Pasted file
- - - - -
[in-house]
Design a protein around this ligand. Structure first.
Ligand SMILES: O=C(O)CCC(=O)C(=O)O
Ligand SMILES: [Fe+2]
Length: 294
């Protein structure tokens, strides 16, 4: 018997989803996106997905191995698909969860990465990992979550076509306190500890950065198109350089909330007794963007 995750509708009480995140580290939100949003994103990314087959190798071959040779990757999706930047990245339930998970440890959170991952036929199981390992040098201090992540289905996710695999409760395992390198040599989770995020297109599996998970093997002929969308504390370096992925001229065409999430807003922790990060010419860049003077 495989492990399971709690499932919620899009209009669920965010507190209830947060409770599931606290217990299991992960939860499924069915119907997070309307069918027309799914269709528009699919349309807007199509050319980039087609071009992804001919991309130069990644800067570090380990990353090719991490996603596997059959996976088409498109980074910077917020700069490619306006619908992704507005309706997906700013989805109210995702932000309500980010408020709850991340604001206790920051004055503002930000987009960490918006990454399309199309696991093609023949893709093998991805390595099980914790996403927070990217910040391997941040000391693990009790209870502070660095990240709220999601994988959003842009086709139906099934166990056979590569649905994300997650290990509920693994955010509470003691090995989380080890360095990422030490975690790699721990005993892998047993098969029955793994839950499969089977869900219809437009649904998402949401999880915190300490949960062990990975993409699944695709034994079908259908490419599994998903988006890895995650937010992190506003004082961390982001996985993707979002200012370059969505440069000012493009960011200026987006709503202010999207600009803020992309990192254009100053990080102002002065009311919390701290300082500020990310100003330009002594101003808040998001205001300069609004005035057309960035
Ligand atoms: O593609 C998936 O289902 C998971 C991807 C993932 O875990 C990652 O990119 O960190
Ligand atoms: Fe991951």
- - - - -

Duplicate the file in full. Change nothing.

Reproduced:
[in-house]
Design a protein around this ligand. Structure first.
Ligand SMILES: O=C(O)CCC(=O)C(=O)O
Ligand SMILES: [Fe+2]
Length: 294
């Protein structure tokens, strides 16, 4: 018997989803996106997905191995698909969860990465990992979550076509306190500890950065198109350089909330007794963007 995750509708009480995140580290939100949003994103990314087959190798071959040779990757999706930047990245339930998970440890959170991952036929199981390992040098201090992540289905996710695999409760395992390198040599989770995020297109599996998970093997002929969308504390370096992925001229065409999430807003922790990060010419860049003077 495989492990399971709690499932919620899009209009669920965010507190209830947060409770599931606290217990299991992960939860499924069915119907997070309307069918027309799914269709528009699919349309807007199509050319980039087609071009992804001919991309130069990644800067570090380990990353090719991490996603596997059959996976088409498109980074910077917020700069490619306006619908992704507005309706997906700013989805109210995702932000309500980010408020709850991340604001206790920051004055503002930000987009960490918006990454399309199309696991093609023949893709093998991805390595099980914790996403927070990217910040391997941040000391693990009790209870502070660095990240709220999601994988959003842009086709139906099934166990056979590569649905994300997650290990509920693994955010509470003691090995989380080890360095990422030490975690790699721990005993892998047993098969029955793994839950499969089977869900219809437009649904998402949401999880915190300490949960062990990975993409699944695709034994079908259908490419599994998903988006890895995650937010992190506003004082961390982001996985993707979002200012370059969505440069000012493009960011200026987006709503202010999207600009803020992309990192254009100053990080102002002065009311919390701290300082500020990310100003330009002594101003808040998001205001300069609004005035057309960035
Ligand atoms: O593609 C998936 O289902 C998971 C991807 C993932 O875990 C990652 O990119 O960190
Ligand atoms: Fe991951």